African American Men More Likely to Get Prostate Cancer September is Prostate Awareness Month. African American men are more likely to get Prostate Cancer than any other group. The statistics show that 1 in 6 African American men will get Prostate Cancer. When compared to White men African American men are twice as likely to die from this disease because their Prostate Cancer is more aggressive, and they are being diagnosed at a younger age.
Louisiana Chosen to Participate in Groundbreaking Study called RESPOND Louisiana is one of 8 states that has been selected to participate in an African American Prostate Cancer Study called RESPOND. The majority of research performed on Prostate Cancer has been conducted on White men and is unlikely to be informative or very helpful for African American men.
The goal of the study is to reduce the large disparity in incidence and mortality between African Americans and other racial/ethnic groups. The National Cancer Institute (NCI), and the National Institute on Minority Health and Disparities (NIMHD) are the funding sources for this study.
The funding for the participating cancer registries provided through contracts, cooperative agreements, and other direct support is from the National Cancer Institute’s SEER Programs, the Centers for Disease Control and Prevention’s (CDC) NPCR Program, State Departments of Health and other agencies. Additional support for the RESPOND Study is provided by the Prostate Cancer Foundation.
Participants Needed for Study LSU Health Sciences Center New Orleans has been selected as Louisiana’s participation site. The Investigators are Dr. Xiao-Cheng and Dr. Denise Johnson. Dr. Johnson is also the Community Liaison to help with the recruitment of participants. The study is the largest research study to look for answers to the aggressive Prostate Cancer that affects African American men.
This study is more than 20-times the size of any previous Prostate Cancer Study involving African American men. The RESPOND Study needs 10,000 African American men diagnosed with Prostate Cancer in the U.S. from January 2010 to 2018 to participate. RESPOND is a comprehensive, noninvasive study that involves the participating men to complete a survey that includes social factors that contribute to lifetime stress, a submission of a saliva sample that looks for inherited susceptibility and finally permission to sample the tumor already removed from them to exam it for mutations and inflammation.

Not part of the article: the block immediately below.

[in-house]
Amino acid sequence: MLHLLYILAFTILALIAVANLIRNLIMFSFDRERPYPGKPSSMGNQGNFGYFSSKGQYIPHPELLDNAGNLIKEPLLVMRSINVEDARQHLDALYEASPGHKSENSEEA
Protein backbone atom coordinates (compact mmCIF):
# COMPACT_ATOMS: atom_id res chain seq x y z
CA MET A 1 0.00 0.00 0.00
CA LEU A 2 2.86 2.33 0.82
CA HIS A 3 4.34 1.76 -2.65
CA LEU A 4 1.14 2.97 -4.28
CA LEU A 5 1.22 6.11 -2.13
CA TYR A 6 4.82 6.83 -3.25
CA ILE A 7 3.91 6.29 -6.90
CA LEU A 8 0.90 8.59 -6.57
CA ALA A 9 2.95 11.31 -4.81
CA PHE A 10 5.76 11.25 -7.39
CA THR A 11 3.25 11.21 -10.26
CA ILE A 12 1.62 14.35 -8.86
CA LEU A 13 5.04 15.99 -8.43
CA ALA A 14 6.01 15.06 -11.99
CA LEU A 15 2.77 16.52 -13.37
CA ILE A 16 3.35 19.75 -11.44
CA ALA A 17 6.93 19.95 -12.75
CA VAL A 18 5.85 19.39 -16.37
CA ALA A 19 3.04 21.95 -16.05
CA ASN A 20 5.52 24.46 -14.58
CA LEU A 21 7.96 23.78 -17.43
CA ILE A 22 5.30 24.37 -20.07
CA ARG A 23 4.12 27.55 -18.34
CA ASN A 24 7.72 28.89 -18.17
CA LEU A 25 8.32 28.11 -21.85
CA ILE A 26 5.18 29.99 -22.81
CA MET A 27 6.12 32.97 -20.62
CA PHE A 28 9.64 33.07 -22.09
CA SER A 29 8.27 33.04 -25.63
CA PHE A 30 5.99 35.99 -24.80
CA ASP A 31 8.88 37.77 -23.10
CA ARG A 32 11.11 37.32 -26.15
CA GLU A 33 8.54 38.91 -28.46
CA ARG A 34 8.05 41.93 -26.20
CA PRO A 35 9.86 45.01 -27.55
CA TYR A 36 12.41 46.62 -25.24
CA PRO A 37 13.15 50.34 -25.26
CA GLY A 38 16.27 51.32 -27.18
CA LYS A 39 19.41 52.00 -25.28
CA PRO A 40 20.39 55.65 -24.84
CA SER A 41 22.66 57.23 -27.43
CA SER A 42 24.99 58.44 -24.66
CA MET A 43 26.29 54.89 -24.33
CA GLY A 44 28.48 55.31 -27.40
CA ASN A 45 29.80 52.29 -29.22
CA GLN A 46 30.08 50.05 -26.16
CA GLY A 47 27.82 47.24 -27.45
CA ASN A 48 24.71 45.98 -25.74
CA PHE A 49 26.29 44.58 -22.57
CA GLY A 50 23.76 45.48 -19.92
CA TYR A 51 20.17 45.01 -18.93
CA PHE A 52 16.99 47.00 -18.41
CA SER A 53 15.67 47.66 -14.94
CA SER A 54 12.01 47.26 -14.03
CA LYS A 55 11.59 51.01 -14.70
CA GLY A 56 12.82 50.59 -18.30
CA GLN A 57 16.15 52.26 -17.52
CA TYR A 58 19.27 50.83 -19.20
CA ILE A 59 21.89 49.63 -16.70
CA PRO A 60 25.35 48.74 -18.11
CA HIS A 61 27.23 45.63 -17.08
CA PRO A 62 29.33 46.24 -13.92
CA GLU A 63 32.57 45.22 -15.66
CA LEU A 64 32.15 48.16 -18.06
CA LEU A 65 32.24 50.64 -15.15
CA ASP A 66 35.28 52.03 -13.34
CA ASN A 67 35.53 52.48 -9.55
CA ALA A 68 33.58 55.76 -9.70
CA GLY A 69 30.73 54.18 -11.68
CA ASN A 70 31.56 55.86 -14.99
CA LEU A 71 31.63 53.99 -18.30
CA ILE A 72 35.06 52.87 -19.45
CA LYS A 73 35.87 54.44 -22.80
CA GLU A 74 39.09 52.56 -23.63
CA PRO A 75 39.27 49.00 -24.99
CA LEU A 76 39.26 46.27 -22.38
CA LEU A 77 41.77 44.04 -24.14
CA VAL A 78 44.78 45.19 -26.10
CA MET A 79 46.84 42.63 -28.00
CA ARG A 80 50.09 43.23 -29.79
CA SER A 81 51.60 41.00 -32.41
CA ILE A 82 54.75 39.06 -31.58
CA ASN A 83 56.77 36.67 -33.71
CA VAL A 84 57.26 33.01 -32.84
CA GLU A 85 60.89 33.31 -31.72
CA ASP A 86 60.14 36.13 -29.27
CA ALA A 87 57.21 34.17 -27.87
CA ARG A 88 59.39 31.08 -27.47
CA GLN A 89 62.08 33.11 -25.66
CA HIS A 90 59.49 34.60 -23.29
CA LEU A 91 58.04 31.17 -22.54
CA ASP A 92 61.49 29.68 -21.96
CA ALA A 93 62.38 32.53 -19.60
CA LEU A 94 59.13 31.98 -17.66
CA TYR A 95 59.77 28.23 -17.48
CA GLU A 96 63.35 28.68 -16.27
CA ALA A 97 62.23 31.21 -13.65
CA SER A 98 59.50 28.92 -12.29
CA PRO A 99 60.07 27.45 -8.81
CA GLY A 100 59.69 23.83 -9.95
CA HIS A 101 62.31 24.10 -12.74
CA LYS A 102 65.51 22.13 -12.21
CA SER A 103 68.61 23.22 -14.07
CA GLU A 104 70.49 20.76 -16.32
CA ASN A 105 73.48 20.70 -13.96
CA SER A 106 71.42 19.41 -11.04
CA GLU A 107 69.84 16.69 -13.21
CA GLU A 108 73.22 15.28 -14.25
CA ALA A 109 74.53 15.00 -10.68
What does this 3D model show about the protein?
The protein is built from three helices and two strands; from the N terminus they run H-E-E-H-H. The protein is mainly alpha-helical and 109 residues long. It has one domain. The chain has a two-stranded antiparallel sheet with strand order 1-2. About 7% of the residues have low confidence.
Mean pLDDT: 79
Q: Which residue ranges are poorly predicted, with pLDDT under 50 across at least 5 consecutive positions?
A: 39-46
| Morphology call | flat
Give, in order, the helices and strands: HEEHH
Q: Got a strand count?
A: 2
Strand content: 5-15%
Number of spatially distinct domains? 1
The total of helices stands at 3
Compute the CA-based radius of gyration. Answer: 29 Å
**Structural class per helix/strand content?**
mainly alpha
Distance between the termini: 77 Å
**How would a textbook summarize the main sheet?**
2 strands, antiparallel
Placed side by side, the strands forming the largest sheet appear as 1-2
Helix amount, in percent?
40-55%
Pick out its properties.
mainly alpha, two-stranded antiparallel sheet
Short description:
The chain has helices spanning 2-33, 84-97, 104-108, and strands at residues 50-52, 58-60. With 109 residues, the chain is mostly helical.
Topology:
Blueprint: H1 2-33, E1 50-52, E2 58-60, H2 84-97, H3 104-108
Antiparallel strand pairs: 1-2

We need your help because we have to learn about the factors and reasons that influence the risk of African American men developing Prostate Cancer, diagnosing it at an early stage to increase their survival after diagnosis. The participants of this study will help us to improve the outcomes for others. We also hope the information obtained can help prevent, diagnose and treat Prostate Cancer in African American men today and for future generations.
My personal goal, as always is to make Louisiana a healthier state for us all.
African American men are more likely to get Prostate Cancer than any other group. The statistics show that 1 in 6 African American men will get Prostate Cancer.
Louisiana is one of 8 states that has been selected to participate in an African American Prostate Cancer Study called RESPOND.
Dr. Denise Johnson says of RESPOND that it is the largest research study to look for answers to aggressive Prostate Cancer that affects African American men.
The goal of the study is to reduce the large Prostate Cancer disparity in incidence and mortality between African Americans and other racial/ethnic groups.
September is Prostate Cancer Awareness Month.
Many celebrities and public figures have survived Prostate Cancer that includes, Cornel West, Charlie Wilson, Sidney Poitier and Colin Powell. The key to survival is early detection.